Comment What does he have to ask? (Score 1) 1021

If the teacher needs to ask this question maybe he shouldn't be teaching this course. My idea would be for him to go to his local library and read all of their SciFi collection. Then go the the next one and read anything not in the first. As a rule the librarians will keep decent stuff on the shelf. After that, it's just lit.

Censorship

Submission + - Apple's new MacBooks have built-in copy protection (appleinsider.com)

raque writes: "Appleinsider is reporting that the new MacBooks/MacBookPro's have built in copy protection Quote "Apple's new MacBook lines include a form of digital copy protection that will prevent protected media, such as DRM-infused iTunes movies, from playing back on devices that aren't compliant with the new priority protection measures" . Arstechnica is also reporting on the same issue HERE

Is this the deal they had to make to get NBC back?
Is this a deal breaker for Apple or will fans just ignore it to get their hands on the pretty new machines?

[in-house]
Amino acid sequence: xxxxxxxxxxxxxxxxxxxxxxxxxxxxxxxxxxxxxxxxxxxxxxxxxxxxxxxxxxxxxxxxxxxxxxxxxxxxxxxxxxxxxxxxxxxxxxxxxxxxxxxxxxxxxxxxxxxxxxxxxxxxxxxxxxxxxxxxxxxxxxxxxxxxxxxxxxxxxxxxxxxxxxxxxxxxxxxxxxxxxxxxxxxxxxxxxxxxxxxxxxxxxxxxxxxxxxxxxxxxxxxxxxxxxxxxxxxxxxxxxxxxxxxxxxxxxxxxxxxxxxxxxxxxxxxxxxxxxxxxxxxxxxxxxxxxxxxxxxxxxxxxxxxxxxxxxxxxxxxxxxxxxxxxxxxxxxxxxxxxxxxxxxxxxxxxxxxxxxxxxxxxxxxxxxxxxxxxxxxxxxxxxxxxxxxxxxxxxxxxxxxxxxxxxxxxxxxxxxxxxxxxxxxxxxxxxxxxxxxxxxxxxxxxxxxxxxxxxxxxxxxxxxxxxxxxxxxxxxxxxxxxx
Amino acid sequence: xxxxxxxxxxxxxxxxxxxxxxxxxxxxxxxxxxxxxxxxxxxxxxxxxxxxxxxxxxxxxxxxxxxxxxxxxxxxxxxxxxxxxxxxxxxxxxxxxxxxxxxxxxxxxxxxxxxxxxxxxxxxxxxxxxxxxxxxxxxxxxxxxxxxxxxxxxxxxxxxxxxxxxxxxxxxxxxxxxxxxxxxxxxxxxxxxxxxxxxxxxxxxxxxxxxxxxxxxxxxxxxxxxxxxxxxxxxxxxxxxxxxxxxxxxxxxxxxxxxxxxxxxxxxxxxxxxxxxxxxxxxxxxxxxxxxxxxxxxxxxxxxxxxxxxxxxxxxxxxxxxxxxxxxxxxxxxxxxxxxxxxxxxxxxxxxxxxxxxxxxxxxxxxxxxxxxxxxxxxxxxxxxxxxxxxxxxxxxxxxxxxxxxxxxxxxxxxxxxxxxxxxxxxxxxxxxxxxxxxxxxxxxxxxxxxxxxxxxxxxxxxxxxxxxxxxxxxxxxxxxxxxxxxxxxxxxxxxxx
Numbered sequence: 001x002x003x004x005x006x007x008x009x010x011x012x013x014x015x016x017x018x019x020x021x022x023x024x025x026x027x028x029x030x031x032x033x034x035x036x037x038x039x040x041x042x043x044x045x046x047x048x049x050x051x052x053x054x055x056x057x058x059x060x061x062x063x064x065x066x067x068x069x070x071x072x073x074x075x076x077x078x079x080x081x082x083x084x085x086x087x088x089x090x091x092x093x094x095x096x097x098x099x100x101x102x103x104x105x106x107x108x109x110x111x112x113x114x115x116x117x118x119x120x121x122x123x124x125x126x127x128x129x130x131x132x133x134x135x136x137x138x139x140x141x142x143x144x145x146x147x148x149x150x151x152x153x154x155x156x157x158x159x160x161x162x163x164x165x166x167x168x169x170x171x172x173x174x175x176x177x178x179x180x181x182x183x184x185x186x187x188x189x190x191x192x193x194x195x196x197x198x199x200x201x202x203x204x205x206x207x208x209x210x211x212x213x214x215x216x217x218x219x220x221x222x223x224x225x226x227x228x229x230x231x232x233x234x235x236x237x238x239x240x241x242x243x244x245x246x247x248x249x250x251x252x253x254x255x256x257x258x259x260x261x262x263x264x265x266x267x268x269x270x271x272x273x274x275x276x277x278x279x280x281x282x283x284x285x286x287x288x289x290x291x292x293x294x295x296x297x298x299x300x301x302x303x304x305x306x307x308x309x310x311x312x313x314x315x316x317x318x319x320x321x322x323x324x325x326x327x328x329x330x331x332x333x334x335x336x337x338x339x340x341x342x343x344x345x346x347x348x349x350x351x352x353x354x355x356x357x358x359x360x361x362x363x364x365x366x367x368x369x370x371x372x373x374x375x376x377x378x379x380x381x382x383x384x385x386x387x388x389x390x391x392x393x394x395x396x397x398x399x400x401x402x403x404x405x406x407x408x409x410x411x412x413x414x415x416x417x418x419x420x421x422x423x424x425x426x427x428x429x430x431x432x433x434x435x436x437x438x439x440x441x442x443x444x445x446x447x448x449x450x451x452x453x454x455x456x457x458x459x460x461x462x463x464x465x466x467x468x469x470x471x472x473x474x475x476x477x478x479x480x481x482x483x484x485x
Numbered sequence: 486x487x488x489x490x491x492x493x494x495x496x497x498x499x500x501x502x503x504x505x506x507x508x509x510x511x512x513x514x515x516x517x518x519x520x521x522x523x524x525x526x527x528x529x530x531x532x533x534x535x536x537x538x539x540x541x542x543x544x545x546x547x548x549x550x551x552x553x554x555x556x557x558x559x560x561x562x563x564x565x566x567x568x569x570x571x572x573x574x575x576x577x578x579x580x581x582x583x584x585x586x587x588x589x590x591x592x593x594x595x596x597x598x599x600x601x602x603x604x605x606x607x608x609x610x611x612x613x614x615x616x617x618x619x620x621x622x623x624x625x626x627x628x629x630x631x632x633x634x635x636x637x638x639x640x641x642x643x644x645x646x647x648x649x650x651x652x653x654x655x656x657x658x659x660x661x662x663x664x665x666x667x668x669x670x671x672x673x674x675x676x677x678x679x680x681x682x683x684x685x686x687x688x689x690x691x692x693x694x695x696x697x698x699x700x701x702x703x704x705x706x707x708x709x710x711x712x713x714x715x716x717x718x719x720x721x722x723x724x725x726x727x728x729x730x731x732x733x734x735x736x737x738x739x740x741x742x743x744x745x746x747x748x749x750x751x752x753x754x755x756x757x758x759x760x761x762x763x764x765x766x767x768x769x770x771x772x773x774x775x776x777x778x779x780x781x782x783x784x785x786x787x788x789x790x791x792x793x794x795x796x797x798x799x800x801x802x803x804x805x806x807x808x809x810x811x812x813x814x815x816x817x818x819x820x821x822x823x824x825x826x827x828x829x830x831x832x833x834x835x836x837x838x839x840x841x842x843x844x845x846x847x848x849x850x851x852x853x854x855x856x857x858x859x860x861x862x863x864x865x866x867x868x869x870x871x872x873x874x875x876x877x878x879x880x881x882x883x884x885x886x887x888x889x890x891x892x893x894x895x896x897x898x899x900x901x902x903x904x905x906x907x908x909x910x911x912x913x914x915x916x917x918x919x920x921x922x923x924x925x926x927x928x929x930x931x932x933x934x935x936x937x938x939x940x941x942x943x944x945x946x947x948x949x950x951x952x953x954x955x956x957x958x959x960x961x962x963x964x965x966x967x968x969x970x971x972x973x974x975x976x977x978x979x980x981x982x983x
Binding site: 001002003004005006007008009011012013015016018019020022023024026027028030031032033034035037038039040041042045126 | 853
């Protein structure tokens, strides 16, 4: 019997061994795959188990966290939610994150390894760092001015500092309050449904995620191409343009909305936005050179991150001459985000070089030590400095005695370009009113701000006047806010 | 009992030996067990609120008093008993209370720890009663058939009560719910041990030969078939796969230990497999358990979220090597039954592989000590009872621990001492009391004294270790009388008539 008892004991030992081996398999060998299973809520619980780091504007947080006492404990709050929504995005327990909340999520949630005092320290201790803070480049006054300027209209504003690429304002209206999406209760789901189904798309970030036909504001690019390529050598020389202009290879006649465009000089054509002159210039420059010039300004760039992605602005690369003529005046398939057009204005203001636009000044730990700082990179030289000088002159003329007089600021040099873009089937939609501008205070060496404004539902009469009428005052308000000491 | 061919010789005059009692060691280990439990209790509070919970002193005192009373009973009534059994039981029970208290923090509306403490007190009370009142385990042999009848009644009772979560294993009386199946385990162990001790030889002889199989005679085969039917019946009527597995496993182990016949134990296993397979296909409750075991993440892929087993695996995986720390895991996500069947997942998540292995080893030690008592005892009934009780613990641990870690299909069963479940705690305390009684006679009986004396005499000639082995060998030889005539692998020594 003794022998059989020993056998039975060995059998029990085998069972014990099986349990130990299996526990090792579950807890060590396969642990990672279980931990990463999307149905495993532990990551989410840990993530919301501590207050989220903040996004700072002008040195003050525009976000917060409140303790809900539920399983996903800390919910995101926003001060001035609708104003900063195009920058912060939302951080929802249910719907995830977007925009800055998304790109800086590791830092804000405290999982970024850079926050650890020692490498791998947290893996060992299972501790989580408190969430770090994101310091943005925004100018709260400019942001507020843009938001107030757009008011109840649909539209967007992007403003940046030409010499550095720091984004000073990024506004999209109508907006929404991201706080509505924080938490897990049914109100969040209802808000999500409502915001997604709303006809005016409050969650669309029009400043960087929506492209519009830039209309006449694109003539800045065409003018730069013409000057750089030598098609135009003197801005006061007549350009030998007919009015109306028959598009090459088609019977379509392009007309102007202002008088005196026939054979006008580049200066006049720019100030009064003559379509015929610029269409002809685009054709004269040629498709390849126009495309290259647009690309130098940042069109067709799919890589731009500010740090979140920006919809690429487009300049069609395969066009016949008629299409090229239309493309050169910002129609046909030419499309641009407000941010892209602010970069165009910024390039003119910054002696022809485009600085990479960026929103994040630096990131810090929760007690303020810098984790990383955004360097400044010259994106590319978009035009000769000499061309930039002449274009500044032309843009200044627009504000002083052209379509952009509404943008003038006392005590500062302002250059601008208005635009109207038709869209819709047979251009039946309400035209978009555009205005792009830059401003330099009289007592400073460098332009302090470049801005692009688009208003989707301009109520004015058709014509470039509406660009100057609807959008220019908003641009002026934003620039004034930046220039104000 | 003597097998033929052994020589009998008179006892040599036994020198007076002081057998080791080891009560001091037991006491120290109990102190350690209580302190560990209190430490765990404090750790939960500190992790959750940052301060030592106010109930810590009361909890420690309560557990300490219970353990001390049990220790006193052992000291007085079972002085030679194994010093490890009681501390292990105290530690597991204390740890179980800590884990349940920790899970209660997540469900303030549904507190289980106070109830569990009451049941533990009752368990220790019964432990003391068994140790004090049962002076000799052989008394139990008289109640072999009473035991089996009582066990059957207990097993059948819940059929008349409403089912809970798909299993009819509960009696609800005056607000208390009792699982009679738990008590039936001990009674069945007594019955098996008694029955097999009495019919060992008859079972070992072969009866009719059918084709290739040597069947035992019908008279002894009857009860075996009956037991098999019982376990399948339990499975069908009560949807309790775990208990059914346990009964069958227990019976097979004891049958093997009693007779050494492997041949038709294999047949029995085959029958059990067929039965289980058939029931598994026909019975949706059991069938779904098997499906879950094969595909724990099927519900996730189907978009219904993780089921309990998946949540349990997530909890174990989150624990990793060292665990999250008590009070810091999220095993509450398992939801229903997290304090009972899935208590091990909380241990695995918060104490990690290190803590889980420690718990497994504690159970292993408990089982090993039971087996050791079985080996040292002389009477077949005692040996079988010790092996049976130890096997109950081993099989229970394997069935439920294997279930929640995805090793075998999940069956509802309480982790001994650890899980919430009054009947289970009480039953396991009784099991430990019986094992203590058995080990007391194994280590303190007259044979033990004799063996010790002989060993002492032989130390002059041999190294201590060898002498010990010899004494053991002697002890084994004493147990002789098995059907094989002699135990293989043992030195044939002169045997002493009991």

Is this a new opportunity for Linux? And what happened to Jobs not liking DRM?"

Space

Magnetic Portals Connect Sun and Earth 235

MaxwellEdison writes "Scientists have discovered evidence of magnetic portals connecting the Earth and the Sun every 8 minutes. 'Several speakers at the Workshop have outlined how FTEs form: On the dayside of Earth (the side closest to the sun), Earth's magnetic field presses against the sun's magnetic field. Approximately every eight minutes, the two fields briefly merge or "reconnect," forming a portal through which particles can flow. The portal takes the form of a magnetic cylinder about as wide as Earth. The European Space Agency's fleet of four Cluster spacecraft and NASA's five THEMIS probes have flown through and surrounded these cylinders, measuring their dimensions and sensing the particles that shoot through.'"